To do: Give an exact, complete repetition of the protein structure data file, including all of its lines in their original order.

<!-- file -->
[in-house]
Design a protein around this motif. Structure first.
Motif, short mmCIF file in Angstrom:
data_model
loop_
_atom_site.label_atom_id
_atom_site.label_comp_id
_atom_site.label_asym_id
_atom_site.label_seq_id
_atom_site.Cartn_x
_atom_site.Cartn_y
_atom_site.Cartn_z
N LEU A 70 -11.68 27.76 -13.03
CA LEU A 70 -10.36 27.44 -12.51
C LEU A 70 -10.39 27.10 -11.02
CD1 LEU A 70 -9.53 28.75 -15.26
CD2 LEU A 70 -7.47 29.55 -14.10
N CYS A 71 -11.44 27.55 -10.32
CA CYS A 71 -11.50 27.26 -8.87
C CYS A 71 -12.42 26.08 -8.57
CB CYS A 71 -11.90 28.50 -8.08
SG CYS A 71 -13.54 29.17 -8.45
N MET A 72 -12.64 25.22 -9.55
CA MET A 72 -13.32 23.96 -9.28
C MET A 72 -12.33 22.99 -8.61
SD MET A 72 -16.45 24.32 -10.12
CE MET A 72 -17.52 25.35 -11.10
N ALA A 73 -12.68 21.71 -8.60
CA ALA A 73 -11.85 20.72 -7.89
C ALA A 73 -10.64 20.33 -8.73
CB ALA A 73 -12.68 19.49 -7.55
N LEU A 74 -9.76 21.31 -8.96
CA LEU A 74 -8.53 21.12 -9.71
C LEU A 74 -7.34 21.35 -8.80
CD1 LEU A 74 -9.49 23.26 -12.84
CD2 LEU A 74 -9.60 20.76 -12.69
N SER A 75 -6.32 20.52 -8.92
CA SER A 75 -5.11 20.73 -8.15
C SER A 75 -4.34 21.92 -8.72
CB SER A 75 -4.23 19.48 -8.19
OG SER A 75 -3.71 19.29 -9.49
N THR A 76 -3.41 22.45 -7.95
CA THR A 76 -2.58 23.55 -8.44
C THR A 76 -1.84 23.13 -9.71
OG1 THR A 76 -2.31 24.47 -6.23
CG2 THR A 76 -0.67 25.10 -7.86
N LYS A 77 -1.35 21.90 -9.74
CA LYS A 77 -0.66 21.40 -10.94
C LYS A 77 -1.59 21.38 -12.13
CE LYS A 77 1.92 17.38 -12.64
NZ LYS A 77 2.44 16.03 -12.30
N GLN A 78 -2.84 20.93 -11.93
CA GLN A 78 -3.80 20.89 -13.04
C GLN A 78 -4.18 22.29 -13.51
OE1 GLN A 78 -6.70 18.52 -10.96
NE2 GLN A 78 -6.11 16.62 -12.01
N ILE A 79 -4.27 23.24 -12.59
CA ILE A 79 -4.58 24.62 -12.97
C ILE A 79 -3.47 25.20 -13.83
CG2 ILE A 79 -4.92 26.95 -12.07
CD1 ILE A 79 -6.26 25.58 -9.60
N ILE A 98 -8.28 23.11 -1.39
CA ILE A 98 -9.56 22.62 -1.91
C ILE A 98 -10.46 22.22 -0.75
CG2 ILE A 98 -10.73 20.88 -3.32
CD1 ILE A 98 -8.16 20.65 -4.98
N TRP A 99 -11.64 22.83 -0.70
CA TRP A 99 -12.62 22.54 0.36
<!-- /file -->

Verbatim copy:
[in-house]
Design a protein around this motif. Structure first.
Motif, short mmCIF file in Angstrom:
data_model
loop_
_atom_site.label_atom_id
_atom_site.label_comp_id
_atom_site.label_asym_id
_atom_site.label_seq_id
_atom_site.Cartn_x
_atom_site.Cartn_y
_atom_site.Cartn_z
N LEU A 70 -11.68 27.76 -13.03
CA LEU A 70 -10.36 27.44 -12.51
C LEU A 70 -10.39 27.10 -11.02
CD1 LEU A 70 -9.53 28.75 -15.26
CD2 LEU A 70 -7.47 29.55 -14.10
N CYS A 71 -11.44 27.55 -10.32
CA CYS A 71 -11.50 27.26 -8.87
C CYS A 71 -12.42 26.08 -8.57
CB CYS A 71 -11.90 28.50 -8.08
SG CYS A 71 -13.54 29.17 -8.45
N MET A 72 -12.64 25.22 -9.55
CA MET A 72 -13.32 23.96 -9.28
C MET A 72 -12.33 22.99 -8.61
SD MET A 72 -16.45 24.32 -10.12
CE MET A 72 -17.52 25.35 -11.10
N ALA A 73 -12.68 21.71 -8.60
CA ALA A 73 -11.85 20.72 -7.89
C ALA A 73 -10.64 20.33 -8.73
CB ALA A 73 -12.68 19.49 -7.55
N LEU A 74 -9.76 21.31 -8.96
CA LEU A 74 -8.53 21.12 -9.71
C LEU A 74 -7.34 21.35 -8.80
CD1 LEU A 74 -9.49 23.26 -12.84
CD2 LEU A 74 -9.60 20.76 -12.69
N SER A 75 -6.32 20.52 -8.92
CA SER A 75 -5.11 20.73 -8.15
C SER A 75 -4.34 21.92 -8.72
CB SER A 75 -4.23 19.48 -8.19
OG SER A 75 -3.71 19.29 -9.49
N THR A 76 -3.41 22.45 -7.95
CA THR A 76 -2.58 23.55 -8.44
C THR A 76 -1.84 23.13 -9.71
OG1 THR A 76 -2.31 24.47 -6.23
CG2 THR A 76 -0.67 25.10 -7.86
N LYS A 77 -1.35 21.90 -9.74
CA LYS A 77 -0.66 21.40 -10.94
C LYS A 77 -1.59 21.38 -12.13
CE LYS A 77 1.92 17.38 -12.64
NZ LYS A 77 2.44 16.03 -12.30
N GLN A 78 -2.84 20.93 -11.93
CA GLN A 78 -3.80 20.89 -13.04
C GLN A 78 -4.18 22.29 -13.51
OE1 GLN A 78 -6.70 18.52 -10.96
NE2 GLN A 78 -6.11 16.62 -12.01
N ILE A 79 -4.27 23.24 -12.59
CA ILE A 79 -4.58 24.62 -12.97
C ILE A 79 -3.47 25.20 -13.83
CG2 ILE A 79 -4.92 26.95 -12.07
CD1 ILE A 79 -6.26 25.58 -9.60
N ILE A 98 -8.28 23.11 -1.39
CA ILE A 98 -9.56 22.62 -1.91
C ILE A 98 -10.46 22.22 -0.75
CG2 ILE A 98 -10.73 20.88 -3.32
CD1 ILE A 98 -8.16 20.65 -4.98
N TRP A 99 -11.64 22.83 -0.70
CA TRP A 99 -12.62 22.54 0.36